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|Title:||Shipping strategies before, during and after 2008 financial crisis : a critical analysis||Authors:||Wong, Ray Claire||Keywords:||DRNTU::Engineering||Issue Date:||2016||Abstract:||The 2008 global financial crisis that had its origin in America swept over the entire world. The crisis was essentially caused by unreliable credit borrowers who were incapable of fulfilling their subprime mortgage payments. Container shipping companies, which depended largely on international trade flow, were impacted by the crisis. This paper seeks to investigate how container shipping companies utilized shipping strategy to influence their performance levels in the context of a changing environment, represented by the pre, during and after financial crisis periods in the years 2005 to 2015. Strategy related factors were also raised in this discussion to study the extent to which they influence performance. The causal link between shipping strategy and resulting performance was also analyzed in the presence of different environmental conditions. Data from literature reviews, annual reports and in depth interviews was consolidated and analyzed to aid the research. A mixture of two long haul and two feeder container shipping companies constituted the total interview candidature of four, to give a more well represented insight. The research findings from the container shipping sector were then contrasted with the dry bulk and tanker sector to acquire a more holistic view on shipping strategy and performance before, during and after the 2008 financial crisis. It was discovered that feeder and long haul sectors employed different corporate, business and functional strategies and had different performance levels before, during and after the 2008 financial crisis. While the strategies used had similar objectives before, during and after the crisis, the feeder sector was impacted to a lesser extent than the long haul sector. It was gathered from interviewees that there are many strategy related factors that can undermine a strategy’s fullest potential if they were mismatched with the strategy, such as company culture, technology capabilities, communication with involved players as well as the timing for strategy execution. Lastly, this paper identified that the causal link between shipping strategy and performance is dynamic and can be affected by various environmental factors, such as market volatility, bunker price and exchange rate fluctuations. The years 2005 to 2015 present many specific events to the container shipping companies that served as either an opportunity or a threat that influenced their performance.||URI:||http://hdl.handle.net/10356/68112||Rights:||Nanyang Technological University||Fulltext Permission:||restricted||Fulltext Availability:||With Fulltext|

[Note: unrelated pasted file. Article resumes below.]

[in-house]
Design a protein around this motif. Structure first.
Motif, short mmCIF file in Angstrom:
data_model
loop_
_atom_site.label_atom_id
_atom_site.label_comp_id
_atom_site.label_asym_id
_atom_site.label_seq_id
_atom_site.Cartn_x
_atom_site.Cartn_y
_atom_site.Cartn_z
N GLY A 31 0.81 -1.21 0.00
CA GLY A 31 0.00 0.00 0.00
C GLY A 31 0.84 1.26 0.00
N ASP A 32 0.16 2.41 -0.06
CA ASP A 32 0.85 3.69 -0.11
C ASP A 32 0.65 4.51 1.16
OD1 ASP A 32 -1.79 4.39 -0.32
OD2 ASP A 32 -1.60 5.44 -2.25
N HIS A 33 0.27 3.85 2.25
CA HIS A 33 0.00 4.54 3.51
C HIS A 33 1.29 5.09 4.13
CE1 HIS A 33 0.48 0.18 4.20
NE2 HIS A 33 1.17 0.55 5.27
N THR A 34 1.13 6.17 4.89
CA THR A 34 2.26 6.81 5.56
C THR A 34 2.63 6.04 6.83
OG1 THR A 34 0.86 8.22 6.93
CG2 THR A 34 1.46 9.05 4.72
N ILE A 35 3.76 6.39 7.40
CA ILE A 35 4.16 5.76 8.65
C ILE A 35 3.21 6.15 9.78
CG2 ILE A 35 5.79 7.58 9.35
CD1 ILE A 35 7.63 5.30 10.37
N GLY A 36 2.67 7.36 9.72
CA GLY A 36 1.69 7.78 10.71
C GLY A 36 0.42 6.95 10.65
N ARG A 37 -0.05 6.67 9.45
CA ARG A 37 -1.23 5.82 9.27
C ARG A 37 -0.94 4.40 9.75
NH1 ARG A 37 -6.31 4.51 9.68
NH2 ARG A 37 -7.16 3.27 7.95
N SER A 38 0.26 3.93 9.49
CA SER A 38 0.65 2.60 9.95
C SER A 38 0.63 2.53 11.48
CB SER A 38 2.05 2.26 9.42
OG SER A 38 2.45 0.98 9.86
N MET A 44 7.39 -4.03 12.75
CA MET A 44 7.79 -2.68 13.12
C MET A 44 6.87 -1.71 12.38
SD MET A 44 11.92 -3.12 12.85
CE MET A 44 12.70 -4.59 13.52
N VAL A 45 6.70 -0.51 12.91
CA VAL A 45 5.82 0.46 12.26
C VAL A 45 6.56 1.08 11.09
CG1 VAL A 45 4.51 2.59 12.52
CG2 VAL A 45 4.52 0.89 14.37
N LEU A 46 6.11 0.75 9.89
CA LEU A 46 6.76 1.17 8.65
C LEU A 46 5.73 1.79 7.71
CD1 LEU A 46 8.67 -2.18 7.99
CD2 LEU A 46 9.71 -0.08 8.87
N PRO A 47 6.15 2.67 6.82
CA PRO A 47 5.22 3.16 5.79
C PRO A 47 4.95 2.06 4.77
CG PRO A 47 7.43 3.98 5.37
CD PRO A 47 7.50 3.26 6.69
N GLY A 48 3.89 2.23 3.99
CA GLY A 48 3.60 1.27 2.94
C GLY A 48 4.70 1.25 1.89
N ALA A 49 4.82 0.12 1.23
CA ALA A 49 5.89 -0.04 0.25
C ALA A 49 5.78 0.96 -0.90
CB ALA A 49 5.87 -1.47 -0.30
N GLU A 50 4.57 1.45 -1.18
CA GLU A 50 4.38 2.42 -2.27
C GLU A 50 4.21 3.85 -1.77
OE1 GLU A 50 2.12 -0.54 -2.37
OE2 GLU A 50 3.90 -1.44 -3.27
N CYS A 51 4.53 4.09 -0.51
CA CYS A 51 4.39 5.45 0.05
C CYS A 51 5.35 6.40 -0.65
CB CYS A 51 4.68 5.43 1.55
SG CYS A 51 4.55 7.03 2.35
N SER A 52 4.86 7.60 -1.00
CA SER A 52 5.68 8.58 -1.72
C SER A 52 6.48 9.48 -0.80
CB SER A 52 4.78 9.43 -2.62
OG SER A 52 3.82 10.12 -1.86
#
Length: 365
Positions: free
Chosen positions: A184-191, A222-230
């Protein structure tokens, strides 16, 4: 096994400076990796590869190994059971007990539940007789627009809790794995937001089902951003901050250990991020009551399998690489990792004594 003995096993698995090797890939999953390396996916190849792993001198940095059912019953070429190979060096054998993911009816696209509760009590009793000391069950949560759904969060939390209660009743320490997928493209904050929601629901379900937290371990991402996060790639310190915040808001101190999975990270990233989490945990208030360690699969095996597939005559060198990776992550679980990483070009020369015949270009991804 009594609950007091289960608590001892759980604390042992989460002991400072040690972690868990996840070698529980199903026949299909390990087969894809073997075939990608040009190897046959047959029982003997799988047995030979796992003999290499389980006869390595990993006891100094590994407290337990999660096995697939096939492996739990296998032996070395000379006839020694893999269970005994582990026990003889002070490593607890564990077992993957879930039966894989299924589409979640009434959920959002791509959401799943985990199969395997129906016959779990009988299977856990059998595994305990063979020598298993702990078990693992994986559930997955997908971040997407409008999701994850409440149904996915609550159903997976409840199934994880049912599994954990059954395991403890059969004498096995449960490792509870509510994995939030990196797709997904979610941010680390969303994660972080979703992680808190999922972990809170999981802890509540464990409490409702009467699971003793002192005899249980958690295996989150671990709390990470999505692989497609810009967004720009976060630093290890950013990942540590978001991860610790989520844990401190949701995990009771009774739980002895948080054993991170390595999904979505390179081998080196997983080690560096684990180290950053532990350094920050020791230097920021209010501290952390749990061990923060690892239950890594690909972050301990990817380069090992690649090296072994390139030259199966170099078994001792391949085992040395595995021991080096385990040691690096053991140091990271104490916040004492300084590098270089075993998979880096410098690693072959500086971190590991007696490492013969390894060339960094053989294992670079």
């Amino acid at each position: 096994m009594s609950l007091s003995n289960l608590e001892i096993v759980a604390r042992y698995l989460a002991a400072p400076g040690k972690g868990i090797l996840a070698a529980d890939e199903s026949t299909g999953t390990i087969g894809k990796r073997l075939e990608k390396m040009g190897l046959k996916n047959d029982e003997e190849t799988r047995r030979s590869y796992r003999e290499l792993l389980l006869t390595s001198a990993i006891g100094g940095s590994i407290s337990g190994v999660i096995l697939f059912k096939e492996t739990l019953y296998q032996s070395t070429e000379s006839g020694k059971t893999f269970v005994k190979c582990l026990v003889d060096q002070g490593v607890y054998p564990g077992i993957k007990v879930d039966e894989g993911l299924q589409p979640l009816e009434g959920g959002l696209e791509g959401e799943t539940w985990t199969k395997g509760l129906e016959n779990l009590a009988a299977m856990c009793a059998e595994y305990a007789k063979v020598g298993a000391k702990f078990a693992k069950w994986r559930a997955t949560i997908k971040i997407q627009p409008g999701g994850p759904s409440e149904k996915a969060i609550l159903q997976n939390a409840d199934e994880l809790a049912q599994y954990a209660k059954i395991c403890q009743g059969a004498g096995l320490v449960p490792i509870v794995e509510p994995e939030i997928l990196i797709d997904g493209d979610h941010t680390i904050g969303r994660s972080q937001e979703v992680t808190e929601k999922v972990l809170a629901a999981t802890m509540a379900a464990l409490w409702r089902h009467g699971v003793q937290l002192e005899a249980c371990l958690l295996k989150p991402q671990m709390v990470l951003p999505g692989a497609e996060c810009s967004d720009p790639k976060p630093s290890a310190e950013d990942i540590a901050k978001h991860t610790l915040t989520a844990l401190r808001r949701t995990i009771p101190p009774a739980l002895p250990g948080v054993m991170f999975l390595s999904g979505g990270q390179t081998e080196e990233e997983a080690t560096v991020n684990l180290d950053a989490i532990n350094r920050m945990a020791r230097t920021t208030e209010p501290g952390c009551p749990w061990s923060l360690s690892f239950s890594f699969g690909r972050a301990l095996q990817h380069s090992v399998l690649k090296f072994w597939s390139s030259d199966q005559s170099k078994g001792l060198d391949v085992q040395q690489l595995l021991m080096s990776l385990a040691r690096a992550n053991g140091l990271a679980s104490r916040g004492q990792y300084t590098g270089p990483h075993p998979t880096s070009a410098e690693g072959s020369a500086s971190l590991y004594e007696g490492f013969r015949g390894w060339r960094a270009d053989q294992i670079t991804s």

|Appears in Collections:||CEE Student Reports (FYP/IA/PA/PI)|
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